Unless you’re into suffering, rooting for the opposition doesn’t seem ideal. Unless you’re fans of the Chicago Bulls, the eighth seed in this season’s NBA Eastern Conference playoffs.

For Bulls fans, the last nine months have been filled with numerous, head-scratching moments. After tipping off the free agency period by signing a playmaker in Rajon Rondo, the Bulls’ front office felt the need to sign another one in Dwayne Wade, whose long-range jumper reeks of inconsistency.

While they’d be paired with bona fide superstar Jimmy Butler, weaving together a lineup of poor shooters under coach Fred Hoiberg’s polar opposite approach was bound to fail. Once Wade spurted an organizational tirade midseason, a collapse appeared evident.

Nearly one month later, general manager Gar Forman and vice president of basketball operations John Paxson — known to many Chicagoans as “GarPax” — continued to exhibit utter dysfunction, trading Taj Gibson, Doug McDermott and a 2018 second-round pick for Cameron Payne, Joffrey Lauvergne and Anthony Morrow. Although Gibson’s contract was up following this season, while McDermott showcased a sketchy jumper, the players which the Bulls received in return barely cracked into the rotation.

The only trend the “younger and more athletic” Bulls established was notching the third-fewest three-pointers made in the league. Yet the organization escaped a dreadful campaign with an appearance in the playoffs. After a 106-102 win in Game 1 of its first-round series against the Boston Celtics, Hoiberg’s bunch clearly possesses a legitimate shot at knocking off the No. 1 seed in the Eastern Conference.

Let’s not deviate from the obvious, though. Because of Chicago’s inability to move past the LeBron James-led Miami Heat and Cleveland Cavaliers in past playoff series, the franchise is pinned upon a billboard of mediocrity. With additional wins versus the Celtics and possibly beyond, the likelihood of the team dislodging itself in exchange for a total rebuild becomes even slimmer.

Unfortunately, Butler’s rise to greatness sits at the forefront of the team’s mess. In the regular season, he averaged a career-high 23.9 points per game, entrenching himself as a go-to shot creator. On top of that, the fifth-year forward also collected a 24.8 assist percentage, which assesses the percent of his teammates’ field goals he contributed towards while on the court. That number even rose to 33.3 percent when Wade sat out with a fractured elbow.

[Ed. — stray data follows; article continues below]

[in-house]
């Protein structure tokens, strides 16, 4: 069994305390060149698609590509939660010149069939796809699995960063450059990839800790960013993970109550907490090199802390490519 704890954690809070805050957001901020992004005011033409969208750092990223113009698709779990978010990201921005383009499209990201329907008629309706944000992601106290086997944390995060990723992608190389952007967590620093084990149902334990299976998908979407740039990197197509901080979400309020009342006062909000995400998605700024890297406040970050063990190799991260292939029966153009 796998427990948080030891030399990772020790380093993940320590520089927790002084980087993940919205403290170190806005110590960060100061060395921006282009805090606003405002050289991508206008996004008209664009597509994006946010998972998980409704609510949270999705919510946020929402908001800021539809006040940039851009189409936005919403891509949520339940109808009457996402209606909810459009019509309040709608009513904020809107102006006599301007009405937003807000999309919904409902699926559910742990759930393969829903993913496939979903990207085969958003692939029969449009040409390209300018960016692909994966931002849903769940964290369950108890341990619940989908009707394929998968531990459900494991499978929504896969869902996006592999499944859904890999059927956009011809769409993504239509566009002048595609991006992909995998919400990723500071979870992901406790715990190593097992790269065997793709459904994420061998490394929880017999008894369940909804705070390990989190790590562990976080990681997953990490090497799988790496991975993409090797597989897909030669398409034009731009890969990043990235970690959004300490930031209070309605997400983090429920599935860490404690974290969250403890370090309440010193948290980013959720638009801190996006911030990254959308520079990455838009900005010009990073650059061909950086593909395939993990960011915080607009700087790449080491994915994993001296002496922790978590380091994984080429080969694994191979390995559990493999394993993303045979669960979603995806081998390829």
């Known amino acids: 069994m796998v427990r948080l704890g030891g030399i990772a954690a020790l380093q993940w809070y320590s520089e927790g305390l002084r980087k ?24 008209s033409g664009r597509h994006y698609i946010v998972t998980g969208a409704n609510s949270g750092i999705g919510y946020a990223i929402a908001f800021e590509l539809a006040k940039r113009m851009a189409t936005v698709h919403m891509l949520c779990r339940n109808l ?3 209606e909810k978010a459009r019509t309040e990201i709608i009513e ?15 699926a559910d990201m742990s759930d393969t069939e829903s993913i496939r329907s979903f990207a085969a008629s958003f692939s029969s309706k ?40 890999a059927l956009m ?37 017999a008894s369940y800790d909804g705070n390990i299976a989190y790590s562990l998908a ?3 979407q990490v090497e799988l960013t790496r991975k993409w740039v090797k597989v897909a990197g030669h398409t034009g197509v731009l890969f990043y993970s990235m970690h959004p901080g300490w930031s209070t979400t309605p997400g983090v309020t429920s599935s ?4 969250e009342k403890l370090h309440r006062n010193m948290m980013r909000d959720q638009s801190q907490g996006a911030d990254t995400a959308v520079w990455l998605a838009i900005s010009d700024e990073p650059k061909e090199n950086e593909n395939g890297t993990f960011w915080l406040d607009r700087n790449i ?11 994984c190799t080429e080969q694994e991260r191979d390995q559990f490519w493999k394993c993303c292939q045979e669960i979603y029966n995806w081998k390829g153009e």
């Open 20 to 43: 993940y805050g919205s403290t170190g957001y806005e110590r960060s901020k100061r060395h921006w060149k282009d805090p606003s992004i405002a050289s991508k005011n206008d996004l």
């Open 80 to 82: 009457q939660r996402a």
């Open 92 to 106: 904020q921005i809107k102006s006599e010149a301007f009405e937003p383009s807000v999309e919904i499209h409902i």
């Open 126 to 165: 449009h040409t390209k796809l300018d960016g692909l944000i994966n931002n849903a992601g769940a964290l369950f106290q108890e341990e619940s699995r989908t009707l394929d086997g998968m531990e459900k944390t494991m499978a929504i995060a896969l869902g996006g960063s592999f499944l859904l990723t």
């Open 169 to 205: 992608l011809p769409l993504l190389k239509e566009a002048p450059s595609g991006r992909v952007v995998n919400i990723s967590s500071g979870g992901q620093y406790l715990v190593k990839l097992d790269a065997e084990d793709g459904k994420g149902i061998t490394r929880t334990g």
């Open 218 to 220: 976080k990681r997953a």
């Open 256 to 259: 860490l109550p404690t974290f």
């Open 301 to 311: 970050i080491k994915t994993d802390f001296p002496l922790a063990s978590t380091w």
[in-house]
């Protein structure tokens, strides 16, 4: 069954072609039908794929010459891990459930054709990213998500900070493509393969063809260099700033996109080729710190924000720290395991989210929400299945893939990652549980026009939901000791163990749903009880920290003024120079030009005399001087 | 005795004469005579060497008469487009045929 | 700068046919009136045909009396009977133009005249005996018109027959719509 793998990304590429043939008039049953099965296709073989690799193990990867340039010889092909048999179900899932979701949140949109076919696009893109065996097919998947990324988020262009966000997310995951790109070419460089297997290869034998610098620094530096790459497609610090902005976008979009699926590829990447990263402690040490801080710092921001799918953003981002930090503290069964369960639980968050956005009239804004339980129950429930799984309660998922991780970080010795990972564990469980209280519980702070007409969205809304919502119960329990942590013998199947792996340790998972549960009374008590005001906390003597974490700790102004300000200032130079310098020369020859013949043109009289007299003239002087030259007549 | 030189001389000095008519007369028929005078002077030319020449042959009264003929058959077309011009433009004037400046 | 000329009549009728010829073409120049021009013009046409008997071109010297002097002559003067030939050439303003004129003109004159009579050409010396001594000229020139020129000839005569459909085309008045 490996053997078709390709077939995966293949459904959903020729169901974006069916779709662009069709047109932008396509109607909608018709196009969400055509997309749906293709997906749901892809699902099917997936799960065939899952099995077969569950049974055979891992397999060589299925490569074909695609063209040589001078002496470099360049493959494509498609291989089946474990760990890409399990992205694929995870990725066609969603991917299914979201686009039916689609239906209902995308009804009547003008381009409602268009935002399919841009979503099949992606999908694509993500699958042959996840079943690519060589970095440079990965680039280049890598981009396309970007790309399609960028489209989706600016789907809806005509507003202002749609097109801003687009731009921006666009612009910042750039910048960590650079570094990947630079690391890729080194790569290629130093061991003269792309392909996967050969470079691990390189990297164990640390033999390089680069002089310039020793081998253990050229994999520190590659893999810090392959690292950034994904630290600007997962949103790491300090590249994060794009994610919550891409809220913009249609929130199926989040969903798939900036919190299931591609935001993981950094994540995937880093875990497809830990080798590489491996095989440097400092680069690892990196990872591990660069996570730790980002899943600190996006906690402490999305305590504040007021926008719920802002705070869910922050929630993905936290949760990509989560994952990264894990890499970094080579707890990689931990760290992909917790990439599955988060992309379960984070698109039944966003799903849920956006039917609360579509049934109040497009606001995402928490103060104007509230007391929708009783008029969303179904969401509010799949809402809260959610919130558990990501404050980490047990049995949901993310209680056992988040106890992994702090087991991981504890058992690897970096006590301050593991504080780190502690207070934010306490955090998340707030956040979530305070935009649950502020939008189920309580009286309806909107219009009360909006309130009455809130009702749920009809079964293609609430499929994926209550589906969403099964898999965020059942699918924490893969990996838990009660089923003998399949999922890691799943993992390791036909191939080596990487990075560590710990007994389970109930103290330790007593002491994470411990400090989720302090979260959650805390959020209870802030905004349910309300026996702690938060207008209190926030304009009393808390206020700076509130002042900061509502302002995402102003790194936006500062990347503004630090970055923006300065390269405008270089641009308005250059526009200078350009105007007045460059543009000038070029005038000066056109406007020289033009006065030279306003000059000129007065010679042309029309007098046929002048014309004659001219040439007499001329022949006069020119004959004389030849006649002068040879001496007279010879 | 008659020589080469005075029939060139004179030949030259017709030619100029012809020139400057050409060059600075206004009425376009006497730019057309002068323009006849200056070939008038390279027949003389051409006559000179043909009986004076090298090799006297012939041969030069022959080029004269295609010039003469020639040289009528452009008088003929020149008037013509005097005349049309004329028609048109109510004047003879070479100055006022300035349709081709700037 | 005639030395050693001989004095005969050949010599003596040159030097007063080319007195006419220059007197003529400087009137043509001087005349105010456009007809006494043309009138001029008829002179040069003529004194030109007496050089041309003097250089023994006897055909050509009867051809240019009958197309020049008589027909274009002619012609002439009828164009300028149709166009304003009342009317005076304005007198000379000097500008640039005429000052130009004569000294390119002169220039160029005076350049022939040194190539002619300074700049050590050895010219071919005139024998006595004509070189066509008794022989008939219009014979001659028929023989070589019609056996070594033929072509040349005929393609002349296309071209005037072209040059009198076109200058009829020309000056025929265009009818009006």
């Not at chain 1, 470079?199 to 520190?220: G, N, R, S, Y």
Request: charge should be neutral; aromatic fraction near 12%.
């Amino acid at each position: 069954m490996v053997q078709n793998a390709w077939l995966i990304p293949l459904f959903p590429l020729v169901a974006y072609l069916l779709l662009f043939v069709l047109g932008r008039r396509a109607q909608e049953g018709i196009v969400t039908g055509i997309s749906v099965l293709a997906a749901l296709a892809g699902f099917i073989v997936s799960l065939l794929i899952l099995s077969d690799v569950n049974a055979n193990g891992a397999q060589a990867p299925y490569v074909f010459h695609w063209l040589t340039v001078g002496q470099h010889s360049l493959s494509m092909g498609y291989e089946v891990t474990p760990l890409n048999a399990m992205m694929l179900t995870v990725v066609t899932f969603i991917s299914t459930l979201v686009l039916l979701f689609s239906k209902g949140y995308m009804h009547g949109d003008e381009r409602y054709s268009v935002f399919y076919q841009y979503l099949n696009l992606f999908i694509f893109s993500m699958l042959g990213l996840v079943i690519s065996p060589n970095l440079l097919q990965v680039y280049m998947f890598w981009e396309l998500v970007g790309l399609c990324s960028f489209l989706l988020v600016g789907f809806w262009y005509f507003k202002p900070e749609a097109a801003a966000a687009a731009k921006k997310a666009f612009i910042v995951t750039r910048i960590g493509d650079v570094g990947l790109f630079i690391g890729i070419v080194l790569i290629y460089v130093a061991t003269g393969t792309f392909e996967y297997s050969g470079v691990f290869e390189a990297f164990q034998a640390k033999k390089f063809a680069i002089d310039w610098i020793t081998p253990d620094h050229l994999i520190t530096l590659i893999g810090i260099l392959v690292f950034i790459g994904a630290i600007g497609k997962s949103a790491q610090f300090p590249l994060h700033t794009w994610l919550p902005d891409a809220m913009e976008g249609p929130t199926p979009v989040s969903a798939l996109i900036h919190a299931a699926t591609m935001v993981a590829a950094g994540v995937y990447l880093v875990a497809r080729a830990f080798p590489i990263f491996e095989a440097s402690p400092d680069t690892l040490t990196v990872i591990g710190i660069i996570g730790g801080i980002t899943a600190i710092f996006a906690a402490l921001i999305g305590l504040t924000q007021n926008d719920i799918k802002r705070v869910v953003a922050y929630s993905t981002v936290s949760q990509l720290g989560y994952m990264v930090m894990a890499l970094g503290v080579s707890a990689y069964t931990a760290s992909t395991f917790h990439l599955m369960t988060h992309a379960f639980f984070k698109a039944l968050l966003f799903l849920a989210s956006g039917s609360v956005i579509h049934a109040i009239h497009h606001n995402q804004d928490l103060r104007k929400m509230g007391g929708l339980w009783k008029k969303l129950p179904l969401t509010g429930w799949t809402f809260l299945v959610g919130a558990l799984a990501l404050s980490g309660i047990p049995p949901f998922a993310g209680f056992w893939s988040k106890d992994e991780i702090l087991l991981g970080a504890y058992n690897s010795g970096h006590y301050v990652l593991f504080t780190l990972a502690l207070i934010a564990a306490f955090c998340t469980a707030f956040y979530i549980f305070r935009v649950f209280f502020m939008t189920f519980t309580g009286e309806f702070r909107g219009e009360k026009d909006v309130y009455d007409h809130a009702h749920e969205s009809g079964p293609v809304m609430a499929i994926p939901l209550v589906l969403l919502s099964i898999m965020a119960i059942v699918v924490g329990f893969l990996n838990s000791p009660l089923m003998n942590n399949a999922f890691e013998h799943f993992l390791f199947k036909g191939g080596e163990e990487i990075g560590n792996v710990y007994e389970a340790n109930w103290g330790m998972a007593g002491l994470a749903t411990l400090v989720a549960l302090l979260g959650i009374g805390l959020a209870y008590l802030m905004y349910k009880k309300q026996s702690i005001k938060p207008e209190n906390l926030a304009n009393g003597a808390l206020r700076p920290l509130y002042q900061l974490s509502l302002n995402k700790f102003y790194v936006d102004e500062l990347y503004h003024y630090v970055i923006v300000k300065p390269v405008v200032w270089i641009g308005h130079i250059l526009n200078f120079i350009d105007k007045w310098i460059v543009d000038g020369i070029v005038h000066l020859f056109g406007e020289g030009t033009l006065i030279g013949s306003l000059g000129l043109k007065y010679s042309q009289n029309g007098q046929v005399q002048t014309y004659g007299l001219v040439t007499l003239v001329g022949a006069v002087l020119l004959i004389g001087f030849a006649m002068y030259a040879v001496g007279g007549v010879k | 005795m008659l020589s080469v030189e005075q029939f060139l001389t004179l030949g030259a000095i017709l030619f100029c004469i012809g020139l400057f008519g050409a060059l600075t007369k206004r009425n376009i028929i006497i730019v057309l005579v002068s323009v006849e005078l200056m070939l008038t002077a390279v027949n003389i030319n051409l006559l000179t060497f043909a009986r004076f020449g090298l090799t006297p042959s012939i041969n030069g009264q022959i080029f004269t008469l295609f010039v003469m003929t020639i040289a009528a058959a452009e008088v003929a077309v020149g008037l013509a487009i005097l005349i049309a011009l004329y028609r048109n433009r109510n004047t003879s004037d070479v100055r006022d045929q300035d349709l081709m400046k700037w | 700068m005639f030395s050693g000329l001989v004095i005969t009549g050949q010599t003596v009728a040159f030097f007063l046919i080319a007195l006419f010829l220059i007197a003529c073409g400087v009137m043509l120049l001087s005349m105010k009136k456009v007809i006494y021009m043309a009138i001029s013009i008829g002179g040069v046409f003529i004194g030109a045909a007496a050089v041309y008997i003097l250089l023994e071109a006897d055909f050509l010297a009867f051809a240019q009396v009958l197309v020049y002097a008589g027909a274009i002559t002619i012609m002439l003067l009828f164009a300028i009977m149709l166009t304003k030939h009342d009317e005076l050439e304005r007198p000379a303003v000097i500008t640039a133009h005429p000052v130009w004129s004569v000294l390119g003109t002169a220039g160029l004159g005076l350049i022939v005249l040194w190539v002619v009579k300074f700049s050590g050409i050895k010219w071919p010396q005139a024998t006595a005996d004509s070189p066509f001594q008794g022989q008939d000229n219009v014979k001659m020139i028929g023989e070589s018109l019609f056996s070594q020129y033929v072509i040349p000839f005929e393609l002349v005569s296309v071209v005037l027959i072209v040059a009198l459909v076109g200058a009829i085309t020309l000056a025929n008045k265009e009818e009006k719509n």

In Sunday’s Game 1 victory, the 6-foot-7, 231-pound Marquette product went on to amass 23 of his team-high 30 points in the second half, including a pivotal jumper (1:02) midway through the fourth quarter to shred Boston’s final lead of the evening. As stellar as Butler was, what’s scarier is the notion that a dominant, 48-minute performance is still on its way.

“We haven’t done that (execute) all season, but this is the right time to do it,” Butler said postgame.

But the more victories Butler helps accumulate, the easier it’ll be for the front office to use postseason success as an excuse for retaining him. Considering the Bulls rank fourth among Forbes’ most valuable NBA franchises, worth an estimated $2.5 billion, the organization isn’t losing sleep over its lack of postseason success of late. However, if a deal was swung for Butler, its revenue would take a major hit. Moreover, Wade owns a player option in his contract for next season, so Butler’s potential departure would likely mean an exit for Wade as well.

Oddly enough, the Celtics were rumored to be interested in Butler at the deadline, but they reportedly wouldn’t pony up the No. 1 pick in the 2017 NBA Draft, which was acquired from the Brooklyn Nets. Given his absurd production, though, Boston, along with a handful of other teams intrigued by the 27-year-old star, would be willing to ship over a hefty amount in return come June.

No rebuild is guaranteed to succeed. Just look at the Philadelphia 76ers, who are still attempting to assemble a viable playoff roster after beginning their overhaul by trading Jrue Holiday for Nerlens Noel and a first-round pick in June 2013. But on the flip side, Boston has produced a contender following a 23-win campaign just three seasons ago.

Trusting Chicago’s inexcusably safe front office to make the correct decisions post-Butler would be a risky proposition too, but they could also dig a deeper hole for the franchise with another stab at free agency. If the Bulls fail to capitalize on a jam-packed market, Butler will continue to hold the organization’s head above water for the remainder of his five-year, $92 million contract. Go Celtics.

About Eli Hershkovich

Eli Hershkovich is a graduate of DePaul University. Along with writing, he also works at 670 The Score, a sports radio station in Chicago.